Sautéing vegetables, I continue to prepare my meal. Once again she begins to rapidly spit out her mother tongue then stops herself and looks at me, we both laugh. She points to the mushrooms sizzling in olive oil “Funghi.” With my American accent I repeat her, not able to pronounce the ending. She repeats herself much slower this time and I make a second attempt. Smiling and nodding in approval, Filly asks how to pronounce it in English. “Mushroom” I say, trying my very best to enunciate and speak clearly. She pronounces it with a slight rolling “r" sound. Nodding my head I respond "Si!" Smiling, my patient roommate points to the next vegetable and so begins my very first Italian lesson.

Yesterday afternoon, Filly and her cousin gave Sarah and I another Italian lesson. The four of us chatted away in Italian and English learning from each other. While being a beautifully lyrical language, it is not easy and at times I struggle. Similar to Spanish, Italians roll their r's - a trait I have always lacked. It wasn't long until my "r" problem arose and had all three of them trying to explain how to relax my tongue to make the proper sound. Multiple pathetic attempts later, the four of us were in a fit of giggles at my semi-retardation trying to pronounce the Italian "r."

Slowly and with the help of our roommates and locals, I am learning Italian. Italians are both patient and kind in helping us learn their ways. As we do our best to communicate and teach each other proper pronunciations, I find ourselves in heaps of laughter with smiles on our faces - the universal language wherever you may be.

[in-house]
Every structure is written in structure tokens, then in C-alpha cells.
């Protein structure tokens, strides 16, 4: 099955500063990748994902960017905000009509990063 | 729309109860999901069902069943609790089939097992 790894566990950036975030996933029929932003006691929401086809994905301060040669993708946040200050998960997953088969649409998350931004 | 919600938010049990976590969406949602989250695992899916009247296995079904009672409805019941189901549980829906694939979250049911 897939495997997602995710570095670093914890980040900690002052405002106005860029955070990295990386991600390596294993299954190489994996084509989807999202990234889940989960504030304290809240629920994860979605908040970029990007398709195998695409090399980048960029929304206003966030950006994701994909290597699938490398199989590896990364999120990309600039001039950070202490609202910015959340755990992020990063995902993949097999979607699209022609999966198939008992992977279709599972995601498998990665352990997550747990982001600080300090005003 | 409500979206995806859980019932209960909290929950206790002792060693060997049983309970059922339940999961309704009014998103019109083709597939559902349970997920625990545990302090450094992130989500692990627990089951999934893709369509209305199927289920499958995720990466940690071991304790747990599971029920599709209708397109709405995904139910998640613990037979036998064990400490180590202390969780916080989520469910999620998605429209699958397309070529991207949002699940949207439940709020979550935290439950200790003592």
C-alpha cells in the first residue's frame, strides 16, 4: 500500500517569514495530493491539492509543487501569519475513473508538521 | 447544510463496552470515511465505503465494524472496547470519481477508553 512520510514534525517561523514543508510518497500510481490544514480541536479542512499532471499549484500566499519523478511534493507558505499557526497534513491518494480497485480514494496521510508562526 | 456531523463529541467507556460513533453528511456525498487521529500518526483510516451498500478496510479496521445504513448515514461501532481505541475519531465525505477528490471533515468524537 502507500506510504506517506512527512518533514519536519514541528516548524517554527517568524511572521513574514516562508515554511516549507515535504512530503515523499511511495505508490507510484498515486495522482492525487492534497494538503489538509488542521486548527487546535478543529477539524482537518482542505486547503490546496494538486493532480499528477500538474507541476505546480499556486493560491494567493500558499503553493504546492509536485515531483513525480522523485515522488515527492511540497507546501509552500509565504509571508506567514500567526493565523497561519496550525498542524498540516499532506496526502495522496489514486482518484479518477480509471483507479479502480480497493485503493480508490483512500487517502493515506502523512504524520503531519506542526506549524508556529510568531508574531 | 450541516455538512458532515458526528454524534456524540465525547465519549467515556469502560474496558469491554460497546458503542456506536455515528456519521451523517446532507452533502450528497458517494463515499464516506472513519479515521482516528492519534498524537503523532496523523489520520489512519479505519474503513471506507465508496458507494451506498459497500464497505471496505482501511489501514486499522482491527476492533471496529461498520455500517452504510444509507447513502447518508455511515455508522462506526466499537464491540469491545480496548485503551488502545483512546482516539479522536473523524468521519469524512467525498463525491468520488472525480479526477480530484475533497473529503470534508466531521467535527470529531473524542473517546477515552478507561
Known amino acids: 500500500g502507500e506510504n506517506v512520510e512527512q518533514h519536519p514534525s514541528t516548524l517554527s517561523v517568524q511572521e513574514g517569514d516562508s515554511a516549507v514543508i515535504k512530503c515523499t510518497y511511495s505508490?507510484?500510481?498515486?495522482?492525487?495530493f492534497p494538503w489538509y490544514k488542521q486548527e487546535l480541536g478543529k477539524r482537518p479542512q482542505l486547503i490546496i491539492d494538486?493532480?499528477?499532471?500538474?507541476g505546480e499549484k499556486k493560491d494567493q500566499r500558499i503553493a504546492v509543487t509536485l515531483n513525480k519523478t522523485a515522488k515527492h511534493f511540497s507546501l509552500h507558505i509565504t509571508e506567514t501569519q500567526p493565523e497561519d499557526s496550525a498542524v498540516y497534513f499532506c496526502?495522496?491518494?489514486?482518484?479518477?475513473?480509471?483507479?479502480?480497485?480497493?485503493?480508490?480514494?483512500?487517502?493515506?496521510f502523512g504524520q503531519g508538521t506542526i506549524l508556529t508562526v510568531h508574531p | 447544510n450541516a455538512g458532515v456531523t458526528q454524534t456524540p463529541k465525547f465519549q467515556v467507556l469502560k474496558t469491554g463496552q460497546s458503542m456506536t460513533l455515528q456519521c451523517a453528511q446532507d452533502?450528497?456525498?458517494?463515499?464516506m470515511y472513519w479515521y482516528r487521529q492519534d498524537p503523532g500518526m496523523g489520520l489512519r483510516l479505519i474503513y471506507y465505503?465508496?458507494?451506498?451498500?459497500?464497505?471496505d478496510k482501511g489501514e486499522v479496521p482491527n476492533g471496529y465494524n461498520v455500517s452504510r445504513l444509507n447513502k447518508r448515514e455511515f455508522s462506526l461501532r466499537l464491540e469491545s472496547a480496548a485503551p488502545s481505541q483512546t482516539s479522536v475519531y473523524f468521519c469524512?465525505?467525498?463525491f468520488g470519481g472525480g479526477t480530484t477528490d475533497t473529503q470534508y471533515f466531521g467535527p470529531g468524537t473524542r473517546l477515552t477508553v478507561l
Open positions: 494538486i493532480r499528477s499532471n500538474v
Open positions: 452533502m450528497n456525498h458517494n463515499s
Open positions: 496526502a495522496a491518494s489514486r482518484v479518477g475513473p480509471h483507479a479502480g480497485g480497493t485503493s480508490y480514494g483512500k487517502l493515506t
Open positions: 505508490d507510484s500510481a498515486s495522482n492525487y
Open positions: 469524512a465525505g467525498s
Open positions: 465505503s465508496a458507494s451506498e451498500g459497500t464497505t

Tuesday, June 1, 2010

beginnings of a journey

I can’t find words for the week we just had. A journey filled with challenges, an adventure that led to two friends laughing, or a frustrating 7 days, that at times had me near tears – either one of these will do.

We cannot yet navigate around this country we know little about, and to top it off we are unable to communicate with the locals – the ONLY ones who can point us in the right direction. Before I moved to Italy, I had not realized how useless English would be in most foreign countries and how crucial a basic knowledge of the language would be. I have had quite the rude awakening. Last Monday we got lost not once, but twice without a cell phone and minimal ways to communicate with the natives. An easy everyday task in the States, such as picking up groceries, has now turned into a blown out adventure. Don’t get me wrong, I love every second of each experience; they just challenge you in ways that you have never been challenged before.

I love the days when you breathe in deep and smile at the moment you are in. Wednesday was one of those days. Sarah and I didn’t even do anything special – except we lived another day in Rome. We walked around Campo de’ Fiori, had a beer in an Irish pub, ate dinner at our favorite local Italian ristorante and all the while, I had to force myself to put the camera down and enjoy the moment.

While the past week have brought ups and downs, they have also reminded me of why I am here. I thrive on being challenged and living in the moment. The moments when you want to throw your map across the piazza and cry with frustration or when you look up during your daily commute, speechless, at the ancient Colosseum.